England have suffered the indignity of not reaching a semi-final at a major tournament since hosting Euro 1996, in which they suffered a heart-breaking penalty shoot-out defeat to Germany. Whilst pundits have delved into the issue of the prerequisites of compiling a winning side, managers have concerned themselves with the key criterion of football: results.
Last week Jürgen Klopp joined Louis van Gaal and Sam Allardyce in condemning the fixtures over the festive period, a schedule which “hurts England’s chances in major tournaments”, according to the 48-year-old German. A tame statement in comparison to van Gaal’s forthright use of “evil” to berate the same situation, Klopp’s assessment is rather telling given the short time span in which he has come to such a conclusion. Whilst his former employers 1. FSV Mainz 05 and Borussia Dortmund, along with the other 16 clubs in Germany’s top flight, enjoy the longest winter break of any major European league, Klopp has taken just under three months to comprehend the incessant nature of the Premier League.
Whilst he may be exuberant on the field, the German’s serenity off it means his latest observation must be taken with a sense of credibility. The pace, power and physicality of the Premier League has developed on an unprecedented level since 1996, yet that is not to suggest that the other European leagues have stagnated. Nevertheless, to suggest that the Bundesliga, Ligue 1, La Liga or Serie A provides stiff competition to the Premier League on these aforementioned aspects would provoke guffaws from pundits, managers and supporters alike.
The increased physicality and the cluster of fixtures at this time of year is a partnership that sparks the tradition versus reality debate. Arsenal manager Arsène Wenger stated in October that he “would cry” should the Boxing Day fixtures be abolished, and whilst such histrionic statements do not befit such a distinguished figure in the game, his love for the traditions of English football are patently evident.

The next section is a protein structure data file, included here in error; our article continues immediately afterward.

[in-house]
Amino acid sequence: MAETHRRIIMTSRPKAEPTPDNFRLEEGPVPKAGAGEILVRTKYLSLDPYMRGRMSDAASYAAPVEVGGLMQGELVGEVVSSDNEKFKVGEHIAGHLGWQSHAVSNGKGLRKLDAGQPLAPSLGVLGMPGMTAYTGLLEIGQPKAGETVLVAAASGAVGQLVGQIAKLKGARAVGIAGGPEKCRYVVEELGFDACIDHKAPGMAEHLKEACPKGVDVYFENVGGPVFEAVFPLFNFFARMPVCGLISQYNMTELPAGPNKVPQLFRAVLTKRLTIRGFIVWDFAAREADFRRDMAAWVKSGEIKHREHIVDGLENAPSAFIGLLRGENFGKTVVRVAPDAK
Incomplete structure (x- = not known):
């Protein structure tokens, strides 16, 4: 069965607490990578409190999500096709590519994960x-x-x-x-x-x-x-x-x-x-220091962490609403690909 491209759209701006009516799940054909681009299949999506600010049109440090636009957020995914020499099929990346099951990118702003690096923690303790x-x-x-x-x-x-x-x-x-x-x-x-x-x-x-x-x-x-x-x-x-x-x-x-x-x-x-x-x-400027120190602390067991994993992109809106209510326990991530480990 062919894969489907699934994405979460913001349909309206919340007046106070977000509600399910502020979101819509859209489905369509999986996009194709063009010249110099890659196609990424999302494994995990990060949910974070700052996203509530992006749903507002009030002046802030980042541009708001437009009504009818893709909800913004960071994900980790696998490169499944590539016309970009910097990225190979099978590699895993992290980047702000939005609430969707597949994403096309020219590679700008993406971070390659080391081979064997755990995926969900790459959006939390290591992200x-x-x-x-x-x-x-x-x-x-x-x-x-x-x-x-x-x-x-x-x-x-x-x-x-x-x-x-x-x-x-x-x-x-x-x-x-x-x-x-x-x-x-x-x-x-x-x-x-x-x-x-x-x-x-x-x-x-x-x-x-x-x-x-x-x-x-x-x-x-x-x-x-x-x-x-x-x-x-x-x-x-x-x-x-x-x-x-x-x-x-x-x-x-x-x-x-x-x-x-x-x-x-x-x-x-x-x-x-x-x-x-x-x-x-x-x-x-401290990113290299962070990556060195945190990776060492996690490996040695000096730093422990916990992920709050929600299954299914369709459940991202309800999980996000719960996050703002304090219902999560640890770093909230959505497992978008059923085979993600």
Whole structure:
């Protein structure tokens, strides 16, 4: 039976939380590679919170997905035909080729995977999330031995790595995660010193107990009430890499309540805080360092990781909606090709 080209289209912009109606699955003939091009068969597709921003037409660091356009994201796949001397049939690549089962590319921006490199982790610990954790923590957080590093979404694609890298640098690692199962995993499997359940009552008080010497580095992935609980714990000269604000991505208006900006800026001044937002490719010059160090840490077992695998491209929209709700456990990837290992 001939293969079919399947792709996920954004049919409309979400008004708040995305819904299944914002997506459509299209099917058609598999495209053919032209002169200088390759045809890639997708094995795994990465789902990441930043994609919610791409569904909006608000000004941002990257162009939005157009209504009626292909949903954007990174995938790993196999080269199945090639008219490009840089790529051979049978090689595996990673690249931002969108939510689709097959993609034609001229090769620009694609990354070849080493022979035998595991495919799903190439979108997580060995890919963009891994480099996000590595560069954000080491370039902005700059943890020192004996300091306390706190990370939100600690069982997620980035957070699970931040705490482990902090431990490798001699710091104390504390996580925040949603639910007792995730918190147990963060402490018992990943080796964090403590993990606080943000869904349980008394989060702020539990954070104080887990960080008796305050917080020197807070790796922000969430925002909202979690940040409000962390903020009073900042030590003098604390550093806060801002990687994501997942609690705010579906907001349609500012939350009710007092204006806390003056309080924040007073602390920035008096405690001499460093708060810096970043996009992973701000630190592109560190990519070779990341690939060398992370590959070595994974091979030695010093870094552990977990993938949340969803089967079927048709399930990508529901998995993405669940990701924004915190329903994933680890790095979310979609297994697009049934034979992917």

However, in reality, the impact the festive fixtures have on the players brings to mind the struggles of one of Wenger’s former players, Marouane Chamakh. The 31-year-old Moroccan, who joined Arsenal from FC Girondins de Bordeaux in the summer of 2010 on a free transfer, stated that he was breathless after just 20 minutes on his Premier League debut against Liverpool at Anfield. If this is the level of competitiveness in each league game, how are our national stars expected to avoid running themselves into the ground during this period where matches are played every two or three days?
Such selfishness is apparent in football organisations, with the Premier League reluctant to reduce the number of teams competing in the league whilst their counterparts at the Football Association are disinclined to scrap the Capital One or FA Cup.
Whilst not wanting to permeate this article with anti-Conservative propaganda, such a situation is comparable to David Cameron’s government, who want the maximum output from GPs, yet simultaneously are willing to put in minimal input to achieve their goals for the NHS. Similarly, a footballing body that should have England’s wellbeing at major tournaments as a primary concern is the very organisation that is unwilling to dispose of two competitions which, although carry historical sentiments, are nowadays considered second-tier trophies.
To add to the exasperation of the fans, foreign eyes encounter few problems locating the discernible problems as a consequence of the lack of a winter break. Michel Platini, who was recently banished from football for eight years, stated that English players are “lions in the winter and lambs in the summer”. Meanwhile, Paris Saint-Germain captain Thiago Silva has described the Christmas and New Year fixtures as “a great effort” which would hinder their Champions League knockout stage opponents Chelsea in “the crucial moments of the season”.
Whether these are premature mind games from the 31-year-old Brazilian or not remains to be seen. Nevertheless, besides Chelsea’s European triumph in 2012 and their semi-finals appearance in the 2014 version, English clubs have largely failed in Europe’s greatest club competition. According to Silva, this is because “they are more tired because they didn’t have a winter break”.
Spain are superior tactically, with Pep Guardiola the symbol of their strength. Italy’s voracious rearguard and the Germans’ mental strength have been ever-present qualities in their sides over the years. Yet it is more difficult to pinpoint England’s, simply because national team players’ fatigue levels heavily outweigh their ability to execute plans efficiently after a laborious season. Sadly, changes to the fixture schedule in England seem as far away as the national team’s next success at a major tournament.
Photograph: Jason Cartwright via Flickr